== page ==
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30-day rule not as strong an incentive as some believe

So Titans running back Chris Johnson reportedly has told ESPN’s Michael Smith that Johnson is “mindful” of the 30-day rule.

It doesn’t mean that Johnson or any other player affected by the provision will definitely show up by August 10, the last day for players under contract to report in order to earn a year of credit toward free agency.  Though the teams possibly believe that they hold the cards, the reality is that, while a year of credit toward free agency moves a player closer to the open market, the player can still withhold services from his current team, if he’s wiling to pay the daily fine, to possibly give back some of his signing bonus (if any), and ultimately to sacrifice game checks.

For guys like Johnson and Revis, the thinking is that they’ll get new deals before they ever become unrestricted free agents.  So the question isn’t whether they’ll give up a year of credit toward something they’ll likely never be, but whether the teams are willing to go forward without them during training camp, the preseason, and possibly a portion of the regular season.

This doesn’t mean that they’ll definitely hold out.  But it does mean that, as applied to truly elite players, the 30-day rule doesn’t have quite the same oomph, especially when applied to a guy like Johnson, who is still three years away from free agency.

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6 Responses to “30-day rule not as strong an incentive as some believe”
  1. smithopher says: Jun 21, 2010 4:30 PM

    The reality of this all is that they’re smarter to not play this season and not get hurt this season. They’ve got talent worth the big bucks, and if they aren’t going to get insurance in respect to future earnings that they’re looking for, they might as well sit out. Look how it worked out for Leon. The Jets loved him, offered him a decent deal before last season, and instead of holding out for the deal he really wanted, he played last year, lost all his marketability to his current team, and ultimately got traded out of town because of the injury. Probably killed any chance of making serious money the guy ever had, and Leon is no Chris Johnson or Darrelle Revis. It’d be an even bigger shame to see Johnson or Revis get injured like Washington was and fall into that situation.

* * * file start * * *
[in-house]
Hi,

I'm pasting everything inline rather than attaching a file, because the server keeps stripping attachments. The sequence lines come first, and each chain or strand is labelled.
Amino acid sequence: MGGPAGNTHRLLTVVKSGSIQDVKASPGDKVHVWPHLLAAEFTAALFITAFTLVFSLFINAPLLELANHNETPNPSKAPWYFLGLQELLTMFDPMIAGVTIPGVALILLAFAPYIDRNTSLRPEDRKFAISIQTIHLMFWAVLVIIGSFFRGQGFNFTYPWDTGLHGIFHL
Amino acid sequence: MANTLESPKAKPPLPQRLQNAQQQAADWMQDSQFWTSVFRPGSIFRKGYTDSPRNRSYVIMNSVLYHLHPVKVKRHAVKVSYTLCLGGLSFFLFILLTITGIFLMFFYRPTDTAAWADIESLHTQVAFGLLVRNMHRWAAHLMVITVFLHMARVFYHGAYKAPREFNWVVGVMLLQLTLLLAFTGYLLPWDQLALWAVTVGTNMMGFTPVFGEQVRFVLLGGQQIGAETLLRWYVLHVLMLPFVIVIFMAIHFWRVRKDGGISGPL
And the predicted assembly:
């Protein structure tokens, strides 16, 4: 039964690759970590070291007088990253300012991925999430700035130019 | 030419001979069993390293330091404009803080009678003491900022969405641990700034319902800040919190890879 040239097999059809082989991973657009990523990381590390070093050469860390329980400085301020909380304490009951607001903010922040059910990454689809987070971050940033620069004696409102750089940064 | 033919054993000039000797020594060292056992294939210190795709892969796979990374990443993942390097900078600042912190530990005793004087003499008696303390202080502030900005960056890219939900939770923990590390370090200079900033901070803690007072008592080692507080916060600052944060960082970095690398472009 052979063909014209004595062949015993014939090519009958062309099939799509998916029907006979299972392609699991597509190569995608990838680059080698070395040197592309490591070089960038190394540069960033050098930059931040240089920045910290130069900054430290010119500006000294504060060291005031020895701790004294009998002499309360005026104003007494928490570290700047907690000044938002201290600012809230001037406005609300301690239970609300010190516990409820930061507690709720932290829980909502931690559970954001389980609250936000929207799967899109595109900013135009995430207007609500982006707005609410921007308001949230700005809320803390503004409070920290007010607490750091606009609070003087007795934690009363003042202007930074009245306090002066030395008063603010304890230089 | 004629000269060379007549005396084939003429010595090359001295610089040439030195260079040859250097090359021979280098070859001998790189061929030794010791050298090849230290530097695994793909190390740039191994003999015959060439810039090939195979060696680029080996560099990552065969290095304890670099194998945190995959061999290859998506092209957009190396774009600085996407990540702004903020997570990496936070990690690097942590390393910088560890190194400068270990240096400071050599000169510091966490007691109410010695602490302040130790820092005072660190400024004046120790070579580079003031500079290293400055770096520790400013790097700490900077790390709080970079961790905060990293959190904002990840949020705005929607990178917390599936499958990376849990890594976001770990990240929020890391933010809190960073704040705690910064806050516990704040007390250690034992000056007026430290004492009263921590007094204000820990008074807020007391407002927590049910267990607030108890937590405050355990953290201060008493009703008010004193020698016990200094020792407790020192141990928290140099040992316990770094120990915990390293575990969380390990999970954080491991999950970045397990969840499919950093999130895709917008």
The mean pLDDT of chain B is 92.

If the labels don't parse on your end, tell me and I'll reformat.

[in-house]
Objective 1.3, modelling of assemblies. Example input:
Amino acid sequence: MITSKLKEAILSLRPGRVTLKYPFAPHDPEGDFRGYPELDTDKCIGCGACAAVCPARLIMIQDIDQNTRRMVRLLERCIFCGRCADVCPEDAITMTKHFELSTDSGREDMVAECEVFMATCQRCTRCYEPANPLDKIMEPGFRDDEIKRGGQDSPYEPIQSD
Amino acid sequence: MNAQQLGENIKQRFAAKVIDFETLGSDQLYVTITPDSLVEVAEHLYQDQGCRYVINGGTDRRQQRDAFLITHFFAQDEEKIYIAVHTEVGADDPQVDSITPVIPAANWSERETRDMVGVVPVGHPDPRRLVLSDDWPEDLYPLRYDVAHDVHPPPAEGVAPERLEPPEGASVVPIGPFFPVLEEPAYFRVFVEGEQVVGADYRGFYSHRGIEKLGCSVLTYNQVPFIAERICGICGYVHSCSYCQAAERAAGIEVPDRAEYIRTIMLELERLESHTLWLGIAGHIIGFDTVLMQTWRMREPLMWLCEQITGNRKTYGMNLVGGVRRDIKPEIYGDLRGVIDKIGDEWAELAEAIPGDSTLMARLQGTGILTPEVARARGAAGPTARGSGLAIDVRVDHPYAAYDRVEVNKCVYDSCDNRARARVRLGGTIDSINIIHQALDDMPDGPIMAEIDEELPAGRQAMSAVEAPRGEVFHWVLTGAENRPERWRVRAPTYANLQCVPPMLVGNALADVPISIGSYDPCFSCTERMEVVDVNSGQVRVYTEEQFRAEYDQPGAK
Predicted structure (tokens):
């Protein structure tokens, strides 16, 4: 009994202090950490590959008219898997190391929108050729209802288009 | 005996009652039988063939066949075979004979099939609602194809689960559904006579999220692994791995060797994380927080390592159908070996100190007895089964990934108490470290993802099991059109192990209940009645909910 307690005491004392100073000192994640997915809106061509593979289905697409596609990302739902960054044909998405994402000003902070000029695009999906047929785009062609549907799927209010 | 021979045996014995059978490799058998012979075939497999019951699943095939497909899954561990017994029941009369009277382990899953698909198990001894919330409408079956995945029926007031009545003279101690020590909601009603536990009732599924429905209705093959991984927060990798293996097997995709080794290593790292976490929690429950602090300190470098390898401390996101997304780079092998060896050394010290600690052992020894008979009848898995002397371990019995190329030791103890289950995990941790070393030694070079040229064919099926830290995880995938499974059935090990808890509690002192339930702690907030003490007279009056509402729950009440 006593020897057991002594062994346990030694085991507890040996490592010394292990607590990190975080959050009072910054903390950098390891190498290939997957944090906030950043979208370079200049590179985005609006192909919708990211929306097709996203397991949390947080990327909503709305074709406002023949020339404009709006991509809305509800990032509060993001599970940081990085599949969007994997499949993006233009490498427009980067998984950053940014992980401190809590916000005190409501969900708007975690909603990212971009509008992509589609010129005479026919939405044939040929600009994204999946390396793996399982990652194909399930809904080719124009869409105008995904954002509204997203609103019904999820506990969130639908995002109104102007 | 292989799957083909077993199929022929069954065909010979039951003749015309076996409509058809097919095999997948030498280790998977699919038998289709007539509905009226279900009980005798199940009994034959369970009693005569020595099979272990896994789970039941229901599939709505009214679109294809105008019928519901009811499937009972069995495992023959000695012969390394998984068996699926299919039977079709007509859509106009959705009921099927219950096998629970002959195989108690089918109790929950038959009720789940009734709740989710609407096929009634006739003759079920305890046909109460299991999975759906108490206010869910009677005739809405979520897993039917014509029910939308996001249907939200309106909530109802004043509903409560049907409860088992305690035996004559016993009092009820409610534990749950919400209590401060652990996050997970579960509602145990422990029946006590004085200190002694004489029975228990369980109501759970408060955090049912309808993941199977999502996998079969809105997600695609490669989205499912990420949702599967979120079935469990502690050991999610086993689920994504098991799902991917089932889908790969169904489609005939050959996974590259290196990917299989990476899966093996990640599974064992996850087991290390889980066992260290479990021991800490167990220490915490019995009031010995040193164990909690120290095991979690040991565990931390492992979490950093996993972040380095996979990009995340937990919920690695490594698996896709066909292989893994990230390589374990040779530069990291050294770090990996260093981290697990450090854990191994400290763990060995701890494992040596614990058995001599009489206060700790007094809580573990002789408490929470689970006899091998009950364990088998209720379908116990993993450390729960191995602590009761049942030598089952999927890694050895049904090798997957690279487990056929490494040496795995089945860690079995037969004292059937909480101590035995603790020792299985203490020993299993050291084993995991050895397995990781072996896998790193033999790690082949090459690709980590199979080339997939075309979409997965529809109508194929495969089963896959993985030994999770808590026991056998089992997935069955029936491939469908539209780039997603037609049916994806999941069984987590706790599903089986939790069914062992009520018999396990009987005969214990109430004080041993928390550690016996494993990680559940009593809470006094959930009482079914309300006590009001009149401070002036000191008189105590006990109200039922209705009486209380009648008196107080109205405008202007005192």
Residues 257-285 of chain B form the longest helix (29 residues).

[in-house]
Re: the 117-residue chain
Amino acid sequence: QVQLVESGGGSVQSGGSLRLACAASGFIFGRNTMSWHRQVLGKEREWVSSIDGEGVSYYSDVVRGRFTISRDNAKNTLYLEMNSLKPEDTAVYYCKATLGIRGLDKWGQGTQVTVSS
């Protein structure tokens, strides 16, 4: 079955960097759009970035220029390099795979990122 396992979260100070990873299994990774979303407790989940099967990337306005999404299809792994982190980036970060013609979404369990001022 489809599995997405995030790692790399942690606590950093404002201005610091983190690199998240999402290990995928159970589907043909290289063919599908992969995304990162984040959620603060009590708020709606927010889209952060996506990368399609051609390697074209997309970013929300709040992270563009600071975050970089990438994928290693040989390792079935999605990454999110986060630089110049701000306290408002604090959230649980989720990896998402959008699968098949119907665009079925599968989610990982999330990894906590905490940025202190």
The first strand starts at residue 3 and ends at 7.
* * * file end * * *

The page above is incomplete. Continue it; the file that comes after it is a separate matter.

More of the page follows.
2. Chuck D says: Jun 21, 2010 4:35 PM

    Do they really want to take that chance? If for example, the Jets find Revis a great player, but a headache and one which they don’t want to pay that sizable amount to, they can trade him next year. So if he comes in after the 10th of August, it could put him 1 year further behind in his quest…same with CJ.

  3. Jagmankane says: Jun 21, 2010 4:36 PM

    Or the team allows them to holdout until their greedy asses come back to work cuz they don’t want to lose too much money. and if they’re not in tip top shape, they get hurt, and then no big deal….ever.
    Keep holding out Chris. We don’t mind one bit in Jax.

  4. Jagmankane says: Jun 21, 2010 4:37 PM

    Or the team allows them to holdout until their greedy asses come back to work cuz they don’t want to lose too much money. and if they’re not in tip top shape, they get hurt, and then no big deal….ever.
    Keep holding out Chris. We don’t mind one bit in Jax.

  5. QJ1984 says: Jun 21, 2010 5:11 PM

    @Chuch D
    Any team that trades for either of them will likely already have an extenstion in place for them. Like the Anquan Boldin and Brandon Marshall trades this offseason. Baltimore and Miami had already agreed to terms, with the permission of their teams at that time, to work out a new deal before the trade was finalized.

  6. Stone says: Jun 21, 2010 5:34 PM

    I can definitely see this applying to Johnson because he isn’t making any money. I don’t see this for Revis because he will actually still make $10 mill or whatever over the next two years.

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